Orders Requiring Disclosure of Focus Group Information: A Brief History

Dennis Crouch just posted on Patently-O about an order from Magistrate Judge Love requiring parties to notify each other (with other information in camera) if they conduct a focus group.  He correctly notes that it’s an unusual order, but the language is familiar, and I think there’s a reason why we haven’t seen such an order in a case before, which goes back to where these type of orders originated. Several years ago 

Plaintiff’s Motion for Summary Judgment Granted in Part in Contract/Fraud Case

This is a fight between the Zhangs and the Monroes over East Texas salt mining centering on the world-famous Grand Saline Salt Dome. It appears that things went south with respect to Ms. Zhang’s investment in the activity in the Monroe Salt Mine, resulting in a breach of contract and fraud suit. As set forth in the opinion, Judge Love denied the motion at to the contract claims, noting that Defendants failed to cite to summary judgment evidence in their response, but Plaintiffs did not file a reply brief rebutting Defendants’ affirmative defenses, either.  As for the fraud, negligent misrepresentations, and statutory fraud in stock transactions claims, Judge Love found that the Plaintiff had met her burden of proof, and the Defendants hadn’t established a genuine issue of material fact, and thus granted the motion as to these claims.  The Court also found that it was appropriate to pierce the corporate veil, thus submitting the individual defendants to individual liability for acts committed on behalf of CMA. Zhang v Monroe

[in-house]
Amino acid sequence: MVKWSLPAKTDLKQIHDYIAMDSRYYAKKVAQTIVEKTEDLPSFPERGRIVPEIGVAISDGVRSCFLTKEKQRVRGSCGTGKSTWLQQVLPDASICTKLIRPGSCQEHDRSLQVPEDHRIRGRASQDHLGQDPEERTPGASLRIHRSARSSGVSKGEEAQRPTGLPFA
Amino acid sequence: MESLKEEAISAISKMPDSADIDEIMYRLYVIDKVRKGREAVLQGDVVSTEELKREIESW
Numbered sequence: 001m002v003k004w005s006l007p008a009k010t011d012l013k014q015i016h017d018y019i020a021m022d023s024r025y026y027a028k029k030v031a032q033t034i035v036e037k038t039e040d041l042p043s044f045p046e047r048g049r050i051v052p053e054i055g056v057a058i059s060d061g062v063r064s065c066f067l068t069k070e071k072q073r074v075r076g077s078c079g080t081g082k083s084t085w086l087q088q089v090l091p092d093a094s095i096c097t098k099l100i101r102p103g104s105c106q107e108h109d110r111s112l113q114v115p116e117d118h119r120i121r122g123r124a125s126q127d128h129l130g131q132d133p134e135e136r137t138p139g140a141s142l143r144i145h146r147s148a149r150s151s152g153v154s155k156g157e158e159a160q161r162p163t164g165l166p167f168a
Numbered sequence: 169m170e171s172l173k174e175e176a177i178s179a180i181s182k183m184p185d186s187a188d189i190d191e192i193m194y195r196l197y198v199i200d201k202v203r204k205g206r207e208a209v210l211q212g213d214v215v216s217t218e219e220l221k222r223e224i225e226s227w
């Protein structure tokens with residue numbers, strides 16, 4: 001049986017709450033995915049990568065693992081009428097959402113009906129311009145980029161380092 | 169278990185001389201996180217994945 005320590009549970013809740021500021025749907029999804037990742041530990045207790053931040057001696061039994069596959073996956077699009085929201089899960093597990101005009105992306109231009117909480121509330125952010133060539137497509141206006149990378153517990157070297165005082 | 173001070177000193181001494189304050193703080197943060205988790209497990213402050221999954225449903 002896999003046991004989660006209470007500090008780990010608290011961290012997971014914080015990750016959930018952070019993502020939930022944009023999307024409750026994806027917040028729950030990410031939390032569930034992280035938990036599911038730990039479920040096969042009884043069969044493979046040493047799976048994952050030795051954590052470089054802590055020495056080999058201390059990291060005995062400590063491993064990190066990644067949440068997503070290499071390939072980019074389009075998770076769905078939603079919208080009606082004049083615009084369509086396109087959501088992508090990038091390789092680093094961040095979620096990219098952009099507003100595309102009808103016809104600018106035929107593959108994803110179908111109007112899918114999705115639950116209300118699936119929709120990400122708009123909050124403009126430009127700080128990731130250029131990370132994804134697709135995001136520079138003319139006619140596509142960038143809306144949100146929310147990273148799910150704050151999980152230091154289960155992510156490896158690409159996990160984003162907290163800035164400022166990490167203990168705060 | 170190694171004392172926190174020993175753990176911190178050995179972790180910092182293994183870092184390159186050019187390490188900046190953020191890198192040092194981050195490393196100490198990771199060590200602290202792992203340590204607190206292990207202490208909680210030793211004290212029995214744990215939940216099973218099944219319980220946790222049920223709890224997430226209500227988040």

Default judgment in patent case set at $20,000 based on analysis of 20 prior settlements

A few days ago I saw a post that someone was claiming that the average settlement in a “patent troll” case was $300,000, and tweeted in response “I would have said $30,000, and lately most less than that. Just my experience.” Karma being the friend that it is, that five days later Magistrate Judge Love issued this order setting the amount of a default judgment in a case at $20,000.  While the order is redacted to remove references to the amounts of the prior settlements, what it does reveal is that the prior licenses led the Court to the $20,000 number, as discussed below.

Motion to Strike Damages Expert Testimony (Such As It Was) Denied

I’m always surprised that more parties don’t take advantage of holding an opponent’s expert to what their report says, as opposed to complaining about its insufficiency.  This case presented the interesting situation of a plaintiff’s damages expert who didn’t come up with a per item royalty or even an overall reasonable royalty opinion, and the defendant sought to exclude all testimony.  “While Chrimar’s approach may not be the most prudent choice for presentation of damages to the jury,” the Court wrote,